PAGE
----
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Coordinated seizure Cybercriminal safe haven DoubleVPN successfully taken down in international operation

DoubleVPN offered users the ability to mask their locations and identities, while conducting ransomware attacks, phishing campaigns and other malicious hacking operations

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The web domains have been replaced with a law enforcement splash page. 

The web domains have been replaced with a law enforcement splash page. 

The web domains have been replaced with a law enforcement splash page. 

Law enforcement and judicial authorities in Europe, the US and Canada have successfully taken down a virtual private network (VPN) service which provided a safe haven for cybercriminals to attack their victims. 

The coordinated takedown, led by the Dutch National Police (Politie) seized the web domains and server infrastructure of DoubleVPN.

DoubleVPN offered users the ability to mask their locations and identities, while conducting ransomware attacks, phishing campaigns and other malicious hacking operations.

Servers across the world where DoubleVPN had hosted content were seized by the Dutch police in an operation involving agencies including Europol's European Cybercrime Centre (EC3), Eurojust, the FBI, and the UK National Crime Agency.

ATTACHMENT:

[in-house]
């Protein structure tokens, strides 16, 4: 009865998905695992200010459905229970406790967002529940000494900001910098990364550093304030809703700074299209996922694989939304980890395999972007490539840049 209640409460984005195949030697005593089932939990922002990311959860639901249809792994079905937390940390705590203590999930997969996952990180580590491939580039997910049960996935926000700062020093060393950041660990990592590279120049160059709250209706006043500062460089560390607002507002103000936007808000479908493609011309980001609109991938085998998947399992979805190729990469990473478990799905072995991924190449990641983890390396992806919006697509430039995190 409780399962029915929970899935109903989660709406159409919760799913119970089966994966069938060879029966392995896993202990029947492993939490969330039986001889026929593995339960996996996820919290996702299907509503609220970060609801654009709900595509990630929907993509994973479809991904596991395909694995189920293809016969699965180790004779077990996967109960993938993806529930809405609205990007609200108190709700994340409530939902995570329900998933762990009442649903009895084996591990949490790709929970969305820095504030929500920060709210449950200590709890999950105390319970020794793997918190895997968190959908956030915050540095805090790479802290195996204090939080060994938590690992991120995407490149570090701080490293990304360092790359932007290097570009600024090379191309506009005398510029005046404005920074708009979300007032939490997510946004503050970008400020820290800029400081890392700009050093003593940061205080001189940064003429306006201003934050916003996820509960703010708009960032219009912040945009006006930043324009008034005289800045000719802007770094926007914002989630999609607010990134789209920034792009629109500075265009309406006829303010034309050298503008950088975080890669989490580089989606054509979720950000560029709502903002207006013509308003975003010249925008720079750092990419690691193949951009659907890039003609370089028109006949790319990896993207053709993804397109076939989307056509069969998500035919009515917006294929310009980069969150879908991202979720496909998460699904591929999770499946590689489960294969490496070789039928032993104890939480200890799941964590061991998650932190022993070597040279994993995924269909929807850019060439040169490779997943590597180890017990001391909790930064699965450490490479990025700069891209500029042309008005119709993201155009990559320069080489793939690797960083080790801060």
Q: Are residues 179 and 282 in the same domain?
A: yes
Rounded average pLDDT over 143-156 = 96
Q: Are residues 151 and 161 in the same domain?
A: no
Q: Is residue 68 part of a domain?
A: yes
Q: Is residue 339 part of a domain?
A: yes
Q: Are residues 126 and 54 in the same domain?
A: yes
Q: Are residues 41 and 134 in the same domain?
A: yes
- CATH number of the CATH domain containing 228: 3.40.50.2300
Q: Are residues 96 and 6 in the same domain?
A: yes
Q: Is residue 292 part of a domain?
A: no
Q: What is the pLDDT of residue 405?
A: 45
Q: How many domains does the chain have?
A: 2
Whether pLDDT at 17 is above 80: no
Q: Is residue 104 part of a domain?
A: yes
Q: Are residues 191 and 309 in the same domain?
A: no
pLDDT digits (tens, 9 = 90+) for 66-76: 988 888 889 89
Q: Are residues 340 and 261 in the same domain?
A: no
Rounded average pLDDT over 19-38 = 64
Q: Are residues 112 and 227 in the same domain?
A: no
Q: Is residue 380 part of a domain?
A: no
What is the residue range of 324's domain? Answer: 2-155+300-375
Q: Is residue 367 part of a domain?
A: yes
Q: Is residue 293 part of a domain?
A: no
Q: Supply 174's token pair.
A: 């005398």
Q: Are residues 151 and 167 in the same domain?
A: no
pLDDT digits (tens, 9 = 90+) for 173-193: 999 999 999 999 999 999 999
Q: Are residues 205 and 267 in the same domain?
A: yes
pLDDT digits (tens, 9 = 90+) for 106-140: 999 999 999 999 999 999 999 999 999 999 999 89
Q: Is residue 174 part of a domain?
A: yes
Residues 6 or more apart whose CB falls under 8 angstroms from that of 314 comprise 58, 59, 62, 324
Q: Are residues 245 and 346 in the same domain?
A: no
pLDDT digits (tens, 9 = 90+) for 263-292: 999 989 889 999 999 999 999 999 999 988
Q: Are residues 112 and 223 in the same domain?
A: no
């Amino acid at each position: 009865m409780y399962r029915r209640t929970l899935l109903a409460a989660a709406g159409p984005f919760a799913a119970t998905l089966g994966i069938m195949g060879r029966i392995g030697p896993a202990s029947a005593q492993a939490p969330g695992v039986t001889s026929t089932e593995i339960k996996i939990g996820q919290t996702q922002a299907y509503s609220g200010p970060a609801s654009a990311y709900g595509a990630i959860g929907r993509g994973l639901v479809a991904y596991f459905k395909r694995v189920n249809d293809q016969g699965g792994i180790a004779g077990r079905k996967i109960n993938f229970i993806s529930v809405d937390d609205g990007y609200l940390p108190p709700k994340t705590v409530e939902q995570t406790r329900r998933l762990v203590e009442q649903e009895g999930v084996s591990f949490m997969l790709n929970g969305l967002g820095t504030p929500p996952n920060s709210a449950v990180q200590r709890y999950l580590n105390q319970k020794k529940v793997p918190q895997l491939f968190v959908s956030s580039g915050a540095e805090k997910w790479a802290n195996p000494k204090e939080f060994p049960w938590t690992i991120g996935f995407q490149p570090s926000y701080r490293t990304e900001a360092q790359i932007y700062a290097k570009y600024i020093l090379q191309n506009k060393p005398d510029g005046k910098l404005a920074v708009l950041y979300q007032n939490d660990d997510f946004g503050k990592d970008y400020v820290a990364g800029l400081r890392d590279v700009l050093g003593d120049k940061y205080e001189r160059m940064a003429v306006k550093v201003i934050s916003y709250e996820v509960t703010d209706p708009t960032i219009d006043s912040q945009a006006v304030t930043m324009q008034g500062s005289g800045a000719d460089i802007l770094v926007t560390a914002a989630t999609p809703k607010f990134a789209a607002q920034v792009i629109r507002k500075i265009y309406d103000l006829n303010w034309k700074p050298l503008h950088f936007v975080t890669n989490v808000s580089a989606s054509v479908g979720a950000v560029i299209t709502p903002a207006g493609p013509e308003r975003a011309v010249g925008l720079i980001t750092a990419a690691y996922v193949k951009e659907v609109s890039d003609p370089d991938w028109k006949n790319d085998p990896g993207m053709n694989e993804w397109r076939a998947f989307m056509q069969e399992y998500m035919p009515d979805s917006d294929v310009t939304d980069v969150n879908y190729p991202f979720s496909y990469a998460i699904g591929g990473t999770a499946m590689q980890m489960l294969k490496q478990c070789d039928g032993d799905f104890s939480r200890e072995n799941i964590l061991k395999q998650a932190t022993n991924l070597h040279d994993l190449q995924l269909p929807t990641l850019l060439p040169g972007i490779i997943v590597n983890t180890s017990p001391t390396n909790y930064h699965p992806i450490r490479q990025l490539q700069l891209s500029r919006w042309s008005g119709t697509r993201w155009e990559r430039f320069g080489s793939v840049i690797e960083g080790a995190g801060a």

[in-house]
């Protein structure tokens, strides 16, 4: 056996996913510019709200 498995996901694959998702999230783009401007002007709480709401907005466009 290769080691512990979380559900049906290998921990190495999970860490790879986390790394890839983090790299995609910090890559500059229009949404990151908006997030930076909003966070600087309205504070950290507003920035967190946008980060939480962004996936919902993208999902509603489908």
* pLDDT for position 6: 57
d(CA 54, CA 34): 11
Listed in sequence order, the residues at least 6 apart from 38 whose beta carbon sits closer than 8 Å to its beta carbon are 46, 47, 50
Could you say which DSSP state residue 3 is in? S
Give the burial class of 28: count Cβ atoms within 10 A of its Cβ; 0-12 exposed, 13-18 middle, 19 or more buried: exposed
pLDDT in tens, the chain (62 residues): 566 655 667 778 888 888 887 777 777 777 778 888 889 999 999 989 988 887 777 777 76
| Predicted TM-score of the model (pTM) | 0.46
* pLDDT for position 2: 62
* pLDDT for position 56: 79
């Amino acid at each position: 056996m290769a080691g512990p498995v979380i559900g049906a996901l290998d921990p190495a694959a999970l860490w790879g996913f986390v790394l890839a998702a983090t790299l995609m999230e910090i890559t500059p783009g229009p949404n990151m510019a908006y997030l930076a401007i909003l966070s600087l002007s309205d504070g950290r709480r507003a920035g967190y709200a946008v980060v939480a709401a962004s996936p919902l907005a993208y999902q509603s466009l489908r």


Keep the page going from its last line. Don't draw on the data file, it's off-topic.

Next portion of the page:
The web domains have been replaced with a law enforcement splash page.

DoubleVPN was heavily advertised on both Russian and English-speaking underground cybercrime forums as a means to mask the location and identities of ransomware operators and phishing fraudsters.

The service claimed to provide a high level of anonymity by offering single, double, triple and even quadruple VPN-connections to its clients.

DoubleVPN was being used to compromise networks all around the world. Its cheapest VPN-connection cost as little as €22 ($25).

Europol’s European Cybercrime Centre (EC3) supported the investigation and brought together all the involved countries to establish a joint strategy.

Its cybercrime specialists organised over 30 coordination meetings and four workshops to prepare for the final phase of the takedown.

A virtual command post was set up by Europol on the action day to ensure seamless coordination between all the authorities involved in the operation.

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Dutch public prosecutor Wieteke Koorn said: "This criminal investigation concerns perpetrators who think they can remain anonymous, while facilitating large-scale cybercrime operations.

“By taking legal action, including the special investigatory power for digital intrusion, we want to make it very clear there cannot be any safe havens for these kind of criminals.

“Their criminal acts damage the digitalised society and erode the trust of citizens and companies in digital technologies, therefore their behaviour has to be stopped.”

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